First-time buyers borrowed £5.5bn in June, according to the monthly lending trends survey published by the Council of Mortgage Lenders.
The figures show an increase of 25% on June last year equating to 34,300 loans, up 24% month-on-month and 17% year-on-year.
The data also shows an increase in remortgage activity to £5.6bn, up 8% on May and 6% compared to a year ago.
Landlords borrowed £2.9bn, up 12% month-on-month but down 15% year-on-year.
In total, the survey shows first-time buyers borrowed £13.7bn, equating to 87,100 loans – an increase of 14% compared to 2015.
Paul Smee, director general of the CML, said: “These figures reveal growth in house purchase activity and in particular for first-time buyers. As ever, there is uncertainty and it will take more time and patience to understand how the market will evolve in the current environment – these figures predominantly cover activity in the run-up to the referendum.
“We still believe that the mortgage market is well capitalised, resilient and open for business, and will remain so for the foreseeable future.
“First-time buyers are continuing to drive house purchase lending, outperforming home movers for the third month running. More loans were advanced to them in June than at anytime since August 2007.
“Buy-to-let house purchase activity remains lower than before the stamp duty changes at the beginning of April, but showed a large month-on-month increase. As might be expected, buy-to-let remortgage seems to have been less affected by the changes and remains consistent with lending last year.”
Affordability metrics for first-time buyers have remained relatively stable, with borrowers’ average household income increasing slightly from £40,000 in May to £40,377 in June.
Home movers showed a similar trend with the average amount borrowed increasing to £171,000 from £166,000 in May, and the average household income of a home mover also increasing to £54,700 from £53,300. This meant the income multiple went down from 3.25 to 3.26 month-on-month.
Remortgage lending saw a month-on-month increase in May but a year-on-year decrease by volume.
Richard Pike, sales and marketing director at Phoebus software, suggested the results show first-time buyers may take up slack in the market: “The mortgage market was in good shape before the EU referendum having bounced back from the initial hit following stamp duty changes for buy-to-let in April, and first time buyers took up the slack as landlords held back.
“As we move forward in what is undeniably a more unpredictable economic future it is difficult to foresee the next few months showing the same levels. However, with the cut in interest rates, and Mark Carney’s implicit direction to lenders to pass on the reduction, we may yet see consumers tempted into the market; for first time buyers the cut has made affordability less of a challenge and for those with capital property could be a way to reap higher rewards than other forms of investment.”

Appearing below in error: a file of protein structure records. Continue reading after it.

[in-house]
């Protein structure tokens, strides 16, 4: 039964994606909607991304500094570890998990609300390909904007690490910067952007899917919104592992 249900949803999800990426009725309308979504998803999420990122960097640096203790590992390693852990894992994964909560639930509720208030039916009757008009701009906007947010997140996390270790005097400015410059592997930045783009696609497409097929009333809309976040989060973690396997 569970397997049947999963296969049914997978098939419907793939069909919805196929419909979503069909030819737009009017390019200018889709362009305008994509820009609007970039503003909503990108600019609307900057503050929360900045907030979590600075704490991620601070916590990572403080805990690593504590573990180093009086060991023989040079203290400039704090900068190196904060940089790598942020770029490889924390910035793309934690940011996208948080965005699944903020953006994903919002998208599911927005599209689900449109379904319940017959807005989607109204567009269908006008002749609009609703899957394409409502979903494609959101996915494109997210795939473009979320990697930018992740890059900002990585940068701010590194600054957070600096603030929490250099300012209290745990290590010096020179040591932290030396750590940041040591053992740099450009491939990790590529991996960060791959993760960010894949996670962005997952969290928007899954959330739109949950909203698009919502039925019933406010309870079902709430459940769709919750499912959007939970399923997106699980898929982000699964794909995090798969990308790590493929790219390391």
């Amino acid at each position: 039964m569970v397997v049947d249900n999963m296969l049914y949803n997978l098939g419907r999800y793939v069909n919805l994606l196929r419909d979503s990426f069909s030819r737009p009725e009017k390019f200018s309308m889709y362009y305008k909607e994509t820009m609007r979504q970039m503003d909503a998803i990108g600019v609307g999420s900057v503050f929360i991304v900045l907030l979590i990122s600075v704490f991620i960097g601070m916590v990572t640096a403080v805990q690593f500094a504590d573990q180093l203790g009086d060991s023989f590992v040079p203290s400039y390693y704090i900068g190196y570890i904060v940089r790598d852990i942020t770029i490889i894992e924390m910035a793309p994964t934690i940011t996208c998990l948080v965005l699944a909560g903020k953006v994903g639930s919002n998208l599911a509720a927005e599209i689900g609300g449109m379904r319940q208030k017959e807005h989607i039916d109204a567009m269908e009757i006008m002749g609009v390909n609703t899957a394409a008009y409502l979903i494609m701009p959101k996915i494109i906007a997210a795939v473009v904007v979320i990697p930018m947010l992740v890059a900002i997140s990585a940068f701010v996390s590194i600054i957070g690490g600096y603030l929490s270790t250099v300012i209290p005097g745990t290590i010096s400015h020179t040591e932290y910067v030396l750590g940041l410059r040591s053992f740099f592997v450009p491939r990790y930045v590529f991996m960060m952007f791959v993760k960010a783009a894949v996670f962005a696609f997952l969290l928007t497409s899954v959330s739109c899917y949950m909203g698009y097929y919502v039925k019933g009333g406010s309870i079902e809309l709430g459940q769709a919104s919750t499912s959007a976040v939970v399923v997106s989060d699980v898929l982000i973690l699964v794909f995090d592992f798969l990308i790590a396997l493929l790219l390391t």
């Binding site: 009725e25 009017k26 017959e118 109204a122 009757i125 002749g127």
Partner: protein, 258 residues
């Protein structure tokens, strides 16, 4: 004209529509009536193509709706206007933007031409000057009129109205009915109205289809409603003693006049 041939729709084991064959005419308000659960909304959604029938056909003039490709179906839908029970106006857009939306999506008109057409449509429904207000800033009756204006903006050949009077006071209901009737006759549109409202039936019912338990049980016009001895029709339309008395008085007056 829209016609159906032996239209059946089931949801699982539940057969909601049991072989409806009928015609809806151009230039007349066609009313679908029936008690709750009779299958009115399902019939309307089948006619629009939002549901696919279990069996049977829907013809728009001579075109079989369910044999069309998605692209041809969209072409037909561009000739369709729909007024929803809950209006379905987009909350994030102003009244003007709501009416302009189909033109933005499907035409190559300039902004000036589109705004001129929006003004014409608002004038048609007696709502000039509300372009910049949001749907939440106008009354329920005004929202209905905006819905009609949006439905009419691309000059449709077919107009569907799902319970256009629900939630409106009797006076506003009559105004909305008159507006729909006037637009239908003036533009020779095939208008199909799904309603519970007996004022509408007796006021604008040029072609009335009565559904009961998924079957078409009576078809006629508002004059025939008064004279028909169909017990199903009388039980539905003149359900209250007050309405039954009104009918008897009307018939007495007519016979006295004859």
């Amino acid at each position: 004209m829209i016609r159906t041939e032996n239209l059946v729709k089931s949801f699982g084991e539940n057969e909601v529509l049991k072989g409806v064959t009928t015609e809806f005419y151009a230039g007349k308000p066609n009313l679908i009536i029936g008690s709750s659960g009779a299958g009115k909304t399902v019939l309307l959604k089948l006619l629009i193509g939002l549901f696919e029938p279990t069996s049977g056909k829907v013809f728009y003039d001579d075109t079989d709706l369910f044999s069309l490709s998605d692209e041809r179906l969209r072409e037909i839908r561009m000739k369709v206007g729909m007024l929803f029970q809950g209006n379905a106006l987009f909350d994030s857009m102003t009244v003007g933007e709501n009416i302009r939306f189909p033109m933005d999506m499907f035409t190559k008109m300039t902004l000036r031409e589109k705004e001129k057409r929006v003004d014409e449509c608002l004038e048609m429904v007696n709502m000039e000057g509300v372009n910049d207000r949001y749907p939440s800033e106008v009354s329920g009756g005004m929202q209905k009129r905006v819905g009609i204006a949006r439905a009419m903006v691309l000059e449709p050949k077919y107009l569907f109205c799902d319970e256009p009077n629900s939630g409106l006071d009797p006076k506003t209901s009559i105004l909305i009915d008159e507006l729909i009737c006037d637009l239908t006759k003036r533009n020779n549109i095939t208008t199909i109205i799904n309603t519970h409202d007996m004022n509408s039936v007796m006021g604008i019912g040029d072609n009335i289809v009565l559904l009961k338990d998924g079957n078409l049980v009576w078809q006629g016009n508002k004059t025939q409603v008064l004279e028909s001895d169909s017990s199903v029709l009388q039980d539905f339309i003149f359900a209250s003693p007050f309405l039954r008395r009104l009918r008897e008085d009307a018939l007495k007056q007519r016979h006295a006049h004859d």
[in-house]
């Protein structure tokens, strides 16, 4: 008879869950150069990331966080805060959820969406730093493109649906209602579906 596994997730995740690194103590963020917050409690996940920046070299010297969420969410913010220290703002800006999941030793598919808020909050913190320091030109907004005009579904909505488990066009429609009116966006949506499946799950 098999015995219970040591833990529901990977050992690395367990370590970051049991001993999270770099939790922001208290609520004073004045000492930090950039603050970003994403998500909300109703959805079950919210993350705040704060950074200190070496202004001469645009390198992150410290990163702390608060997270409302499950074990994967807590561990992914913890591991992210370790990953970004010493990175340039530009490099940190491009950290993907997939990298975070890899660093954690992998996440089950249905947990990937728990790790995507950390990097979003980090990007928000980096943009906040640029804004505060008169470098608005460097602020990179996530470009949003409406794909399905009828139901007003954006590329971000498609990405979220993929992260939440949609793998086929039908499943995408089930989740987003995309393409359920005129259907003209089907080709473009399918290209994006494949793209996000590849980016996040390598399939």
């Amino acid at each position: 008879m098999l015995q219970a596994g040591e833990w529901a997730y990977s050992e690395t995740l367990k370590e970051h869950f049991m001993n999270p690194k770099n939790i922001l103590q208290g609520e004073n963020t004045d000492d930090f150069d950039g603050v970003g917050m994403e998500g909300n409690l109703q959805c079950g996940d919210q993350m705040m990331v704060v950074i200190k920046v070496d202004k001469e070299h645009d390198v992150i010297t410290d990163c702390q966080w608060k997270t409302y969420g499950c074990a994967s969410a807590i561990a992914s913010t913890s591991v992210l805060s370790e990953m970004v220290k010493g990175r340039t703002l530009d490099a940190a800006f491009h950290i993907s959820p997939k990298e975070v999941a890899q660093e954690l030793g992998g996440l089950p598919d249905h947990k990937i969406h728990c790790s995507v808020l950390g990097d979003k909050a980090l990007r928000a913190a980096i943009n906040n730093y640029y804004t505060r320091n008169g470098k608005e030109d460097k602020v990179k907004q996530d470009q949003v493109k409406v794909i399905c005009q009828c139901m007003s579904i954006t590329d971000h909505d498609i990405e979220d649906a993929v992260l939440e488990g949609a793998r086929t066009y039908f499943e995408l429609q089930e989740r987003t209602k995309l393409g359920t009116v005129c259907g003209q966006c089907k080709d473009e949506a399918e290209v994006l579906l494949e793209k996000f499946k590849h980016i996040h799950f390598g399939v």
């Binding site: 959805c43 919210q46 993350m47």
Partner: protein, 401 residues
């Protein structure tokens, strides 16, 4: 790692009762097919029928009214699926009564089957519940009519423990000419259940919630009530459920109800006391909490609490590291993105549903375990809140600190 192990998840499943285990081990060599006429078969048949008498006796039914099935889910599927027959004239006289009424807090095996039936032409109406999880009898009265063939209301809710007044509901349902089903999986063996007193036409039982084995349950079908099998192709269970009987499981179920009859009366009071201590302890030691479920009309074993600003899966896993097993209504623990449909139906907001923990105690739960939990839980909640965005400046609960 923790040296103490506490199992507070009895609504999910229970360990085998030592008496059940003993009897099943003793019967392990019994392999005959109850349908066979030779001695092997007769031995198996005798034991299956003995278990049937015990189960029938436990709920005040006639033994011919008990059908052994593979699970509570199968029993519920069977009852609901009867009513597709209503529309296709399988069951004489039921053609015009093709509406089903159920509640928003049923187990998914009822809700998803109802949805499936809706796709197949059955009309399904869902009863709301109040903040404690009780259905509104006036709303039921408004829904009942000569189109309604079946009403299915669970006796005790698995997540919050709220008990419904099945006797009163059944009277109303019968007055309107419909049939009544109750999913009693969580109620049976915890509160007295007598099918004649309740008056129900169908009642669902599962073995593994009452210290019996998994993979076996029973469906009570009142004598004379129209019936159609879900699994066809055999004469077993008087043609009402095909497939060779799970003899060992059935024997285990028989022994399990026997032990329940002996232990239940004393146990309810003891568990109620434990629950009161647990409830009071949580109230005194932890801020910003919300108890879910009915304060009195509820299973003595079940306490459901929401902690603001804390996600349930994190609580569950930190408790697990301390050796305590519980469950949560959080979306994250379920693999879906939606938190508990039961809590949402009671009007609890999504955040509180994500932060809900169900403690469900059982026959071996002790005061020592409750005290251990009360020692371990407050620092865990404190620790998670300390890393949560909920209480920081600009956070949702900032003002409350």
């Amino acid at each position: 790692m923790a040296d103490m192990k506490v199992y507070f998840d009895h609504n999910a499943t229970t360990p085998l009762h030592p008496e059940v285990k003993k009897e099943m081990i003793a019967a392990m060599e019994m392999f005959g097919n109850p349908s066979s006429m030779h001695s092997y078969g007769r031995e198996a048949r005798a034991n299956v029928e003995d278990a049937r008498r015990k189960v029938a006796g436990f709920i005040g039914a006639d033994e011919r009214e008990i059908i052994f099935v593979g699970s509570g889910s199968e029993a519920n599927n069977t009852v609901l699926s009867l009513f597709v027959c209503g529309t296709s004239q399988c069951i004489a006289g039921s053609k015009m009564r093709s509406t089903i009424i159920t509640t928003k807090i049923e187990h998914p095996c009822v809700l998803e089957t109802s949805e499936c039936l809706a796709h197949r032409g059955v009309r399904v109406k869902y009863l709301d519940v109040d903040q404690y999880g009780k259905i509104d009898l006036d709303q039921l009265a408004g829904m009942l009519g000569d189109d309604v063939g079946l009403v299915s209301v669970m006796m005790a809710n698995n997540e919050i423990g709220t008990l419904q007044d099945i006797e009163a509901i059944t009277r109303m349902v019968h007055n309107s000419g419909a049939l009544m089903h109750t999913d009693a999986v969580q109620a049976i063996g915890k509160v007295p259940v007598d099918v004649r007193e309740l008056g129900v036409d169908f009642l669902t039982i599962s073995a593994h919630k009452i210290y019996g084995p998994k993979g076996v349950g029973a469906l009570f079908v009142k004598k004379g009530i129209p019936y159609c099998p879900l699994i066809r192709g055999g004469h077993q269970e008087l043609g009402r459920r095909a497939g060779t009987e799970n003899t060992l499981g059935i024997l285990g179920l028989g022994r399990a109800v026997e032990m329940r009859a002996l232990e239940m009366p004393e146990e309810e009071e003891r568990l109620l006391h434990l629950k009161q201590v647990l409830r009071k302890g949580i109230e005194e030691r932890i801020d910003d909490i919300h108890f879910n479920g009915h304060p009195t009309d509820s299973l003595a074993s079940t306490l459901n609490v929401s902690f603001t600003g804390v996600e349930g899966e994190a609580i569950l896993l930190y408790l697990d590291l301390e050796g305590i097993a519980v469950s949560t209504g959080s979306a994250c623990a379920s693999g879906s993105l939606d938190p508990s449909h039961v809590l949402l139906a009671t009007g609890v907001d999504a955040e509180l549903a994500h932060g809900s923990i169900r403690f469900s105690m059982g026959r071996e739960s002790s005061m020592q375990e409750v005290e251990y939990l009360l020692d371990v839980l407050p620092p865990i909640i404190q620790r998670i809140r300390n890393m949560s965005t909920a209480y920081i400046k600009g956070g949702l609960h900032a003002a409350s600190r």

Mark Harris, chief executive of mortgage broker SPF Private Clients, agreed that first-time buyers would move to take up low interest rates: “June’s lending figures show a robust market with a good representation of first-time buyers. What we are seeing post-referendum is lenders keen to lend, resulting in some very attractive mortgage rates. Despite last week’s base rate reduction already being factored into the pricing of many mortgage deals, falling Swap rates have since enabled some lenders to cut rates further. For example, Nationwide has reduced its new fixed rates by up to 20 basis points this week, including launching its cheapest ever ten-year fix pegged at just 2.79 per cent.
“Buy-to-let lending fell considerably in the second quarter, which was entirely as expected with landlords bringing forward buying decisions to the first quarter of the year.”
However, Jeremy Leaf, north London estate agent and a former RICS residential chairman, sounded a note of caution, warning of continued uncertainty: “Although these figures are a little historic reflecting the mood music prior to the referendum, they do show that the former Chancellor’s aspiration to level the playing field between first-time buyers and buy-to-let investors has borne fruit as they take advantage of record low mortgage rates.
“However, since the referendum we have found that the softening in prices and general uncertainty has encouraged more landlords back into the market so it remains to be seen whether first-time buyers can still compete.”
John Phillips, SpicerHaart and Just Mortgages group operations director said: “The increase in first-time buyers in June may show that the Chancellor’s plans, in squeezing the buy-to-let market, were having an effect before the referendum.
“Further cuts predicted in the last 24-hours by past and present members of the MPC could also give more impetus. Lenders have been quick to pass on the cut this time, and with their own lending targets to meet they will do what they can to convince buyers and remortgagors into the market. The question now has to be ‘how low can you go?’”